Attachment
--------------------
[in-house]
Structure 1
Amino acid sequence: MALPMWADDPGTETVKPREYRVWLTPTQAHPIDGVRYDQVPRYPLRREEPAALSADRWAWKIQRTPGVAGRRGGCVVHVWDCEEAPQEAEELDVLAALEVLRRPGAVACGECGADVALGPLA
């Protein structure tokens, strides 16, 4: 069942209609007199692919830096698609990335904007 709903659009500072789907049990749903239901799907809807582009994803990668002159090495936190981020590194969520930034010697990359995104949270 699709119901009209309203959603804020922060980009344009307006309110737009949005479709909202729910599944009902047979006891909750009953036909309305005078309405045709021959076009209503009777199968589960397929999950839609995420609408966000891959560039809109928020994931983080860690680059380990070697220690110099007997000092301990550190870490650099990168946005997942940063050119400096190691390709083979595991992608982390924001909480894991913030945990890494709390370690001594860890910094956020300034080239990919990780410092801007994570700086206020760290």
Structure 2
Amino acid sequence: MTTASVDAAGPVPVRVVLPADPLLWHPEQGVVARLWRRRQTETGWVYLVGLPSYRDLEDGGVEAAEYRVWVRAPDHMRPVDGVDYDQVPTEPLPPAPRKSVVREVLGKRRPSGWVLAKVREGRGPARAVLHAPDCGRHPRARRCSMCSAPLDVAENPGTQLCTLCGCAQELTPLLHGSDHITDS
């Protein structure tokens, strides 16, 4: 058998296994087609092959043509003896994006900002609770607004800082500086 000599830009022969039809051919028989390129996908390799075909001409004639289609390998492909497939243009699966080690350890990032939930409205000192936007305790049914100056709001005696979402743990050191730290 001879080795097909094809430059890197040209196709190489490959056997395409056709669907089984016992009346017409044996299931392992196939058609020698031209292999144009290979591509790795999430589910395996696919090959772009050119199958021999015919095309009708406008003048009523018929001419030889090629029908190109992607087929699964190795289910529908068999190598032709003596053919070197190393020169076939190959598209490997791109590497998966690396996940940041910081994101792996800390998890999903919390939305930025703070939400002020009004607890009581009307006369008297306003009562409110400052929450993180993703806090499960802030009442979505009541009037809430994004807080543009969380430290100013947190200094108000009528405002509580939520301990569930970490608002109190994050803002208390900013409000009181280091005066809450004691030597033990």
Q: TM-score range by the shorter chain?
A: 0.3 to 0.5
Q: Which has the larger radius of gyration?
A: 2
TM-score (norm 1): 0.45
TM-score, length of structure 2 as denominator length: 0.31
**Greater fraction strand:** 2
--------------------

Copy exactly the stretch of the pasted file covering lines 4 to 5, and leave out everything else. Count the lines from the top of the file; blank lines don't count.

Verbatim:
């Protein structure tokens, strides 16, 4: 069942209609007199692919830096698609990335904007 709903659009500072789907049990749903239901799907809807582009994803990668002159090495936190981020590194969520930034010697990359995104949270 699709119901009209309203959603804020922060980009344009307006309110737009949005479709909202729910599944009902047979006891909750009953036909309305005078309405045709021959076009209503009777199968589960397929999950839609995420609408966000891959560039809109928020994931983080860690680059380990070697220690110099007997000092301990550190870490650099990168946005997942940063050119400096190691390709083979595991992608982390924001909480894991913030945990890494709390370690001594860890910094956020300034080239990919990780410092801007994570700086206020760290």
Structure 2